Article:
Dr Shah contributed a chapter entitled Decolonising the Creative Arts Curriculum in White Spaces, to the book Progress in Education in 2018. In an attempt to connect the macro to the micro, which is characteristic of her work, the chapter offers an autoethnographic discussion, which places lived experience at the very heart of broader social discourse, Dr Shah critically reflects on examples from her own decolonising pedagogic practice to consider broader implications of decolonising movements at classroom level.
In recent years, the UK Higher Education (HE) sector has encountered a growing voice of dissatisfaction at the lack of Black Asian Minority Ethnic (BAME) representation amongst student bodies, academics, and in management and leadership. In among this discourse, disparate BAME voices have called for a decolonization of the curriculum as a starting point to spurring true equality in the HE classroom.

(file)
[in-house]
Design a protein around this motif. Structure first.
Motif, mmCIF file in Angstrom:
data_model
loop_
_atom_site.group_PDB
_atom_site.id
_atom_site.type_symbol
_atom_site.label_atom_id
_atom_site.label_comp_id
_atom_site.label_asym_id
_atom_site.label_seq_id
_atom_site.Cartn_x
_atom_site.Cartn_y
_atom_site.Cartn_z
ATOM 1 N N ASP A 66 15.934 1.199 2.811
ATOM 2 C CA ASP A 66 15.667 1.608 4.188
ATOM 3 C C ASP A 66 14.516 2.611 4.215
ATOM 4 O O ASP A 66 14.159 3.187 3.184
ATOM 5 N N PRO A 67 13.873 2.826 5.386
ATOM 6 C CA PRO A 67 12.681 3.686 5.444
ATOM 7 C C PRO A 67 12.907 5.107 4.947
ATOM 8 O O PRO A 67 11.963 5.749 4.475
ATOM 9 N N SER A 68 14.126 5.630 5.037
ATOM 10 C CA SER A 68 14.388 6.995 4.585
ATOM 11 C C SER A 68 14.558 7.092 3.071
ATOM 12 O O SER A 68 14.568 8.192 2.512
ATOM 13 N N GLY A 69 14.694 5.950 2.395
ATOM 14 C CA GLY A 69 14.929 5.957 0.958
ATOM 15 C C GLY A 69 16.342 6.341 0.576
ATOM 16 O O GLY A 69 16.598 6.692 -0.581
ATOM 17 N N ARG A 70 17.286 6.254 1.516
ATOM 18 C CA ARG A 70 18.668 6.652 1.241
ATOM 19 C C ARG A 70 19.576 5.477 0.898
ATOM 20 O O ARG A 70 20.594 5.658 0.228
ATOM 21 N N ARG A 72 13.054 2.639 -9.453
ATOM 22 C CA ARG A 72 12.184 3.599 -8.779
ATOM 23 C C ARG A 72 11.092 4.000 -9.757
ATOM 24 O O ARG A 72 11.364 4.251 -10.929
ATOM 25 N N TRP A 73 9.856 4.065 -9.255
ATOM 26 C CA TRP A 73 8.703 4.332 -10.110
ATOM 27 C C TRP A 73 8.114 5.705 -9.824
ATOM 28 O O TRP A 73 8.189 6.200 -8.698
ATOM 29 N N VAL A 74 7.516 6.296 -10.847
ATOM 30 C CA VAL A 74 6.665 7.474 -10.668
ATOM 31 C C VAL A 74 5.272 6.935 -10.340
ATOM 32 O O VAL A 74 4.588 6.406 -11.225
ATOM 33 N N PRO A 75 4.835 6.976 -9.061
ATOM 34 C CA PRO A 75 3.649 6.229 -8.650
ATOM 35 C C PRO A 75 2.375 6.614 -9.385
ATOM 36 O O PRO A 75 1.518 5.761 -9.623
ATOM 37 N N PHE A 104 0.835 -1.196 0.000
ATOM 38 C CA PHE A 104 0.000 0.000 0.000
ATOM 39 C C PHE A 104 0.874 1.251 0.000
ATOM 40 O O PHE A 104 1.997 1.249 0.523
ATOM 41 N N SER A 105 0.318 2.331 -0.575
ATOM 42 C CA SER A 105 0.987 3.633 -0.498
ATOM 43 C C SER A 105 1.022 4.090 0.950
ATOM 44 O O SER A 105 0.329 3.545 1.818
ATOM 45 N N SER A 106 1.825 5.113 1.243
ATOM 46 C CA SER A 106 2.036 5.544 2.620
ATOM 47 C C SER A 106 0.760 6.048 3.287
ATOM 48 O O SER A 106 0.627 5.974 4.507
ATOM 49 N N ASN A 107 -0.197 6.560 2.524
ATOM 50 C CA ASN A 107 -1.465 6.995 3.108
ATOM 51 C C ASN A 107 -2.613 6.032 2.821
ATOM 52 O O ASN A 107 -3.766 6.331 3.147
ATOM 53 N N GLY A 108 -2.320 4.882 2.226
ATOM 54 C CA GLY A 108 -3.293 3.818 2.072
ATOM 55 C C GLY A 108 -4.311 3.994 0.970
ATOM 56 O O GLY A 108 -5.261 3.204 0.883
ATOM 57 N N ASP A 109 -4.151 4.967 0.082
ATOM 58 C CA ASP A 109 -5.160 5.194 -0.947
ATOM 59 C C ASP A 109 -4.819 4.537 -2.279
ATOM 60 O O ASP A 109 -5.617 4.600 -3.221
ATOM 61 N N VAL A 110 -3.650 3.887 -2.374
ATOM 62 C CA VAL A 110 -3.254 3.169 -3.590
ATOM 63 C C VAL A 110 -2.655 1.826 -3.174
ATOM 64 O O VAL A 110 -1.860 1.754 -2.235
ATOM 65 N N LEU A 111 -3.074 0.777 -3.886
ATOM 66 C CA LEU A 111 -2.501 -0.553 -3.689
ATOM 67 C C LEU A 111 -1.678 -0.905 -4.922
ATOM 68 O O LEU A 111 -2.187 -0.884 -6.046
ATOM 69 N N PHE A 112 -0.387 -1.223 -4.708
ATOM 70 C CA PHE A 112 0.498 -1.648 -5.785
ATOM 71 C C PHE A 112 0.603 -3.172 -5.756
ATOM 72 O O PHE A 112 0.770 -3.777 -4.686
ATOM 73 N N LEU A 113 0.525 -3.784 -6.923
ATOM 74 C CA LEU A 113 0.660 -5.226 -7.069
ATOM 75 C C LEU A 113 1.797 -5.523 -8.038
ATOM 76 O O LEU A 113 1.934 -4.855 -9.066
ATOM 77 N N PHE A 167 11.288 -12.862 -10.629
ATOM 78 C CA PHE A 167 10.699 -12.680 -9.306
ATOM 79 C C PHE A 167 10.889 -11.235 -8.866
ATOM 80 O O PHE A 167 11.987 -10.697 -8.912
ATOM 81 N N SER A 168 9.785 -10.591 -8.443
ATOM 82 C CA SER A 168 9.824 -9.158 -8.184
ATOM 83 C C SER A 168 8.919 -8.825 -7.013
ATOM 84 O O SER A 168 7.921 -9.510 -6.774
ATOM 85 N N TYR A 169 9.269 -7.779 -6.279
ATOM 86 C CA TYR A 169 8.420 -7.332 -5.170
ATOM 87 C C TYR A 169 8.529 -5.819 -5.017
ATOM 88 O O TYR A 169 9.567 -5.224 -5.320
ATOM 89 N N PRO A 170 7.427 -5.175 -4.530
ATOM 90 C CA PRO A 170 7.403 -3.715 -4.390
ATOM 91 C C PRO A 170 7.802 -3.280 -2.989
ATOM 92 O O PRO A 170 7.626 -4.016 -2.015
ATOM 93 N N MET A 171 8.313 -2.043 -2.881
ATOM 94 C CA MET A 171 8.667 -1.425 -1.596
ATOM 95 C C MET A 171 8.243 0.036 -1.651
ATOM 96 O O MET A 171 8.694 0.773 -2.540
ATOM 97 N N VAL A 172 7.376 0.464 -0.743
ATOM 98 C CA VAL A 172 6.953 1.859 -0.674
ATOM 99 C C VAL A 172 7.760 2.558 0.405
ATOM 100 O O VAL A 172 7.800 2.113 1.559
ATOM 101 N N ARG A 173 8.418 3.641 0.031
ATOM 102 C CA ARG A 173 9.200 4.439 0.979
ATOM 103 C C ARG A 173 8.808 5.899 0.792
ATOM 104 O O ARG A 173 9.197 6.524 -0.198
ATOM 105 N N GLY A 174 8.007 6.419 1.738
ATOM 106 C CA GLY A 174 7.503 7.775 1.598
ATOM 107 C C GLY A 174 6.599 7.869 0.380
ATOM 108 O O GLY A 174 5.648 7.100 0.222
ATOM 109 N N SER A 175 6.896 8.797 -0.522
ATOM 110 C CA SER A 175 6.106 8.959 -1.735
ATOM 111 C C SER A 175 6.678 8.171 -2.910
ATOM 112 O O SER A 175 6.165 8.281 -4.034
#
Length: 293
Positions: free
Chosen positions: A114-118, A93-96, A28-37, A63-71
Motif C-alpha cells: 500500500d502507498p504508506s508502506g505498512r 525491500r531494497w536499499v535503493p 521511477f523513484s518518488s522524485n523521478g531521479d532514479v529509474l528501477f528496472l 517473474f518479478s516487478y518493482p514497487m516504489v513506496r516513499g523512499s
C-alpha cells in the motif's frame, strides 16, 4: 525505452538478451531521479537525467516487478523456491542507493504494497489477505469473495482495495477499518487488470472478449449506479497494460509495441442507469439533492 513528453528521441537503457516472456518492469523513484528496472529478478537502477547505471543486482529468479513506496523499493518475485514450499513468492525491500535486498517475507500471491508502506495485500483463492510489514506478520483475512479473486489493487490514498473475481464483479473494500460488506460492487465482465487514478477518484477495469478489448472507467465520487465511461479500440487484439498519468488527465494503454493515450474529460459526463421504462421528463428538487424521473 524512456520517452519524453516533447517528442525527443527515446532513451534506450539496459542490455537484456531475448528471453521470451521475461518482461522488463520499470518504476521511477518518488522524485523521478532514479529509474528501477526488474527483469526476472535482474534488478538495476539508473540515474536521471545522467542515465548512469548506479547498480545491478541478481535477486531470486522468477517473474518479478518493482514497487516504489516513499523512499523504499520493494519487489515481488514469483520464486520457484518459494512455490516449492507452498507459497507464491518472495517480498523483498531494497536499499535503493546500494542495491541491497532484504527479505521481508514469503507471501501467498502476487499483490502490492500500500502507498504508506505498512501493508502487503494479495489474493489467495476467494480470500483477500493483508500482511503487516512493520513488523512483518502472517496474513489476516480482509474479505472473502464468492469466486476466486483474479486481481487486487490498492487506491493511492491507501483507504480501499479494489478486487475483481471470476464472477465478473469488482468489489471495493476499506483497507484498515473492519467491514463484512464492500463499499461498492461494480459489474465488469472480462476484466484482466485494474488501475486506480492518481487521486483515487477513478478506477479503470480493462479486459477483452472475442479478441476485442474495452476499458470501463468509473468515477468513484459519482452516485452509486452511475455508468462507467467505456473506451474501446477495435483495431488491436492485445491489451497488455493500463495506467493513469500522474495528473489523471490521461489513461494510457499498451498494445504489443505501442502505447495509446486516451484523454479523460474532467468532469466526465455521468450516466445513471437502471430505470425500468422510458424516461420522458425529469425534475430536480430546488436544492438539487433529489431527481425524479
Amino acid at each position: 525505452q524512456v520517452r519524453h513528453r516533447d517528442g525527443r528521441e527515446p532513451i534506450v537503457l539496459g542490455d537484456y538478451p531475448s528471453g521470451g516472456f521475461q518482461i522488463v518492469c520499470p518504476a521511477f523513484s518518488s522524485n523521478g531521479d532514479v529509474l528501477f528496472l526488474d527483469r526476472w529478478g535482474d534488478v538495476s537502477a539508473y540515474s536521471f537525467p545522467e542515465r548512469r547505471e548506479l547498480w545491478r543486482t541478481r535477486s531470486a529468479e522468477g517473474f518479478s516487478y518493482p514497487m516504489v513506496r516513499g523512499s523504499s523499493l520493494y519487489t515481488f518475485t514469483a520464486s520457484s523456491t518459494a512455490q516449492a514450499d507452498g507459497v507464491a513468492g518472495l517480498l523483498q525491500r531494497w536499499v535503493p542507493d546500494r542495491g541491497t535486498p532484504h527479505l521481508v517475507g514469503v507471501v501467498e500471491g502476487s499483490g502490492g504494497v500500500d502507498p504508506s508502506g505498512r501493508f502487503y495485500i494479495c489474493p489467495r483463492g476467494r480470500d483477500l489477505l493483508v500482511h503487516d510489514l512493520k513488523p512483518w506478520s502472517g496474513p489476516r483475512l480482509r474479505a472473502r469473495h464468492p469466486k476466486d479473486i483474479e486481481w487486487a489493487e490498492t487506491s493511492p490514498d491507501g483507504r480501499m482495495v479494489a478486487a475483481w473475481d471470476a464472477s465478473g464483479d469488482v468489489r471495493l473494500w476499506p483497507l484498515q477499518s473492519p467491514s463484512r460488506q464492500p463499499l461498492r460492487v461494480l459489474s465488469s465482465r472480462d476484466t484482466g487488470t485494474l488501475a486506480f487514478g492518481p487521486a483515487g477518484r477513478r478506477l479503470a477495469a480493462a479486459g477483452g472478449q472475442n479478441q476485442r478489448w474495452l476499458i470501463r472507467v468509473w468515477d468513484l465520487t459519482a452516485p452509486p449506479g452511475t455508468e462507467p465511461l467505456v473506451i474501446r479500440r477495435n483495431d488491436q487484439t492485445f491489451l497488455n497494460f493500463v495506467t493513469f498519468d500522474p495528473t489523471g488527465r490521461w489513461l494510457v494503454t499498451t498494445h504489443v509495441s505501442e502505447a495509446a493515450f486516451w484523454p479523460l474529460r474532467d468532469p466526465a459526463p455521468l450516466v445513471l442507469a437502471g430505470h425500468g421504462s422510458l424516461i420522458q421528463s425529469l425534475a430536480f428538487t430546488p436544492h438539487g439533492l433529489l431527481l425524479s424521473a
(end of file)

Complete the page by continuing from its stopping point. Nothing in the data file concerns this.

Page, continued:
The chapter connects this discourse to the author’s pedagogic journey of decolonizing the Creative Arts curriculum across a fifteen-year teaching career in the English Further and Higher Education sectors. Drawing on practice-based examples of decolonizing teaching, the author considers the dynamics of decolonisation processes, in white liberal teaching spaces.
Reference: Shah, J. (2018) ‘Decolonising the Creative Arts Curriculum in White Spaces’, in Progress in Education, (NSP, NY)